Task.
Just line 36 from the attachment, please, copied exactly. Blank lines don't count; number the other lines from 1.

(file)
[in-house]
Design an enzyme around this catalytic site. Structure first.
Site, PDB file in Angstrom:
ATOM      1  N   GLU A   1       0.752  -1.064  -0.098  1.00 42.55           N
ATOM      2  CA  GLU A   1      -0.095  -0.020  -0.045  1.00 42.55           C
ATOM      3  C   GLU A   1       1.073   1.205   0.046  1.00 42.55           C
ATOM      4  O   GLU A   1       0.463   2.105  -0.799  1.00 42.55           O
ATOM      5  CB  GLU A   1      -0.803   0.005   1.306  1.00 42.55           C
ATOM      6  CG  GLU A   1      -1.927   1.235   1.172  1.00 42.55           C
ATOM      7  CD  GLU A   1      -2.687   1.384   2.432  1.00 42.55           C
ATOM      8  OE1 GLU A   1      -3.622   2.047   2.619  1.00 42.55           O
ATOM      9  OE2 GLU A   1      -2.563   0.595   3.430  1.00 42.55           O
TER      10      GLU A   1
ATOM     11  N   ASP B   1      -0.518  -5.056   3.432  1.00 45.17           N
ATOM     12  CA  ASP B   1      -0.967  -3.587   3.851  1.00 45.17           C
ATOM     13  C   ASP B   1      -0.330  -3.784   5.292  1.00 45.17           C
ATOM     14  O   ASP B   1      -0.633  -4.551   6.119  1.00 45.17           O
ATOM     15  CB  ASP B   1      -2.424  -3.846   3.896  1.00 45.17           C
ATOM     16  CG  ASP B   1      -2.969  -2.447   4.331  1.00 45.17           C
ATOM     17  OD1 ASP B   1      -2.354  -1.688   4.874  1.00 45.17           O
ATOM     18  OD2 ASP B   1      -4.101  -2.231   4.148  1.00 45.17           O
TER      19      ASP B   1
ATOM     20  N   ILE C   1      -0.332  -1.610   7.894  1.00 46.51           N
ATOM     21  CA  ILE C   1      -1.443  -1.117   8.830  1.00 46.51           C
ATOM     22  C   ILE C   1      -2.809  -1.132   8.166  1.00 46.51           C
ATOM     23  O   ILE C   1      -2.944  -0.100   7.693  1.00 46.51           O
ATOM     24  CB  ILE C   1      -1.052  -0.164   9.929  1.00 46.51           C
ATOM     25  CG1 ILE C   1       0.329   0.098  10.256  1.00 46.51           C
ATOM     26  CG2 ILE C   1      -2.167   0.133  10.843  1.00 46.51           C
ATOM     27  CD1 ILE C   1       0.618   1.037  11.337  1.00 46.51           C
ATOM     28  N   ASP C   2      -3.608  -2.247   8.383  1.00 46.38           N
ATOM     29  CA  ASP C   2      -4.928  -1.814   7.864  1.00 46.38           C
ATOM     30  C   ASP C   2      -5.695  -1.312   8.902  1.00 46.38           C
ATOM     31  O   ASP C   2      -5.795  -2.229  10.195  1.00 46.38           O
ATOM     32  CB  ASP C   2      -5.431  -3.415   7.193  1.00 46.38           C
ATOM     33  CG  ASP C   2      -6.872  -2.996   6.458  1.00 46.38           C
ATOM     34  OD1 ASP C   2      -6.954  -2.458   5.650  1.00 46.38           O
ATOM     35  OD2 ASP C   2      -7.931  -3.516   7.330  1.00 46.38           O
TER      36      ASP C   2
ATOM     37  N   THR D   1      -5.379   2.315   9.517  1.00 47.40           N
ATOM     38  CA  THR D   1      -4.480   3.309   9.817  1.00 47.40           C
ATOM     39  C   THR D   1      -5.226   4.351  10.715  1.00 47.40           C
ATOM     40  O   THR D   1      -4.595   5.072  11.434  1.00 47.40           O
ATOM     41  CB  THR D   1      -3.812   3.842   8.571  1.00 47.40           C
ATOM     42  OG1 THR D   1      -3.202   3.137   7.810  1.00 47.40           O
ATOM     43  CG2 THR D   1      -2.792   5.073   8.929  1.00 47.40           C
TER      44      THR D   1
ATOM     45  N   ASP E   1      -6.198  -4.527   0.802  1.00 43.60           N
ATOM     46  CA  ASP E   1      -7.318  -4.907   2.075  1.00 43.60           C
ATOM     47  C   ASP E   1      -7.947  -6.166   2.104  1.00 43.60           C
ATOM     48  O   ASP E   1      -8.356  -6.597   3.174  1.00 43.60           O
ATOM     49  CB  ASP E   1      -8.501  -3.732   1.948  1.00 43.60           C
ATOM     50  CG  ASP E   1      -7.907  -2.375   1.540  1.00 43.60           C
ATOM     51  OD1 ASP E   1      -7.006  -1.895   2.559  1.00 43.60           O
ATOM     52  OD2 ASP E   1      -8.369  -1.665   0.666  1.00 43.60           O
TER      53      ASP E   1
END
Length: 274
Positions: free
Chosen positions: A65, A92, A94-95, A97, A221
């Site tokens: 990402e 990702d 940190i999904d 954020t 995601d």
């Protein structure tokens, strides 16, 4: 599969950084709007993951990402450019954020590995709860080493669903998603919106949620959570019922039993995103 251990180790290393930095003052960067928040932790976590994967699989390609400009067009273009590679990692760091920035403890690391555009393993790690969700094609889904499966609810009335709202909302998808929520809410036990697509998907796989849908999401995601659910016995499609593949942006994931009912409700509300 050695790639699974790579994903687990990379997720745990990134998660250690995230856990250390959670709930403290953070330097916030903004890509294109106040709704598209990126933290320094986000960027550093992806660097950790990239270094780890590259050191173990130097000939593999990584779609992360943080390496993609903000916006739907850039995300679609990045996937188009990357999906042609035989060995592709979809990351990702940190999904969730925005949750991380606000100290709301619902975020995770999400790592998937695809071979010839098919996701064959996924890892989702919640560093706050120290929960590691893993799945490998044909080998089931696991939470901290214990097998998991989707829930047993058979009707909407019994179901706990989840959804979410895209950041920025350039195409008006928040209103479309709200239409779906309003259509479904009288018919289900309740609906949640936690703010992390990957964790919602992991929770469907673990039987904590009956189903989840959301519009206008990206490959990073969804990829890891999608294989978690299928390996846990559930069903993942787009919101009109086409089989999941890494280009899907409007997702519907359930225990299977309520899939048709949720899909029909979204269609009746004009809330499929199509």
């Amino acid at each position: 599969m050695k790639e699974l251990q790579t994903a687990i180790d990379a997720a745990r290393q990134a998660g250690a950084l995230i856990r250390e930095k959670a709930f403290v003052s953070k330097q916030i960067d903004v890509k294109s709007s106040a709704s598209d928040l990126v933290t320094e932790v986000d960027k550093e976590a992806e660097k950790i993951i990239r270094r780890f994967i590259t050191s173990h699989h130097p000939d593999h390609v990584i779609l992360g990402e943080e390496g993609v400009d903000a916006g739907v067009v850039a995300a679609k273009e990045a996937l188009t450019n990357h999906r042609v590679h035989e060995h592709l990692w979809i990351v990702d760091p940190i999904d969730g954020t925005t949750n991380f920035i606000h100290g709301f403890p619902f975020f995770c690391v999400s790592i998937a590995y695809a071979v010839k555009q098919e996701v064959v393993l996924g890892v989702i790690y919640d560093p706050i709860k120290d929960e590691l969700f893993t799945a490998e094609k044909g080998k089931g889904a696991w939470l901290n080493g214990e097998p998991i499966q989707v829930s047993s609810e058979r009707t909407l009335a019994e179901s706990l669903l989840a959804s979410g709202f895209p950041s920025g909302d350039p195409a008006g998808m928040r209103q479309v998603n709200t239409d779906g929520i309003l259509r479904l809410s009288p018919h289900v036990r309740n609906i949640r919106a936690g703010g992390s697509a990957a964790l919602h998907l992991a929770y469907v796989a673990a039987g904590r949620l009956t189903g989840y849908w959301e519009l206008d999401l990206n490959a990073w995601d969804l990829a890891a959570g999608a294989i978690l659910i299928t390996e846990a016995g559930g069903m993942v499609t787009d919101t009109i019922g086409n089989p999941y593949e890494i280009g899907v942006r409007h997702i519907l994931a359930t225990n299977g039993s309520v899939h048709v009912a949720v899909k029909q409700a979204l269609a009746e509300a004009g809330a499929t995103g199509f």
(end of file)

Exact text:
ATOM     33  CG  ASP C   2      -6.872  -2.996   6.458  1.00 46.38           C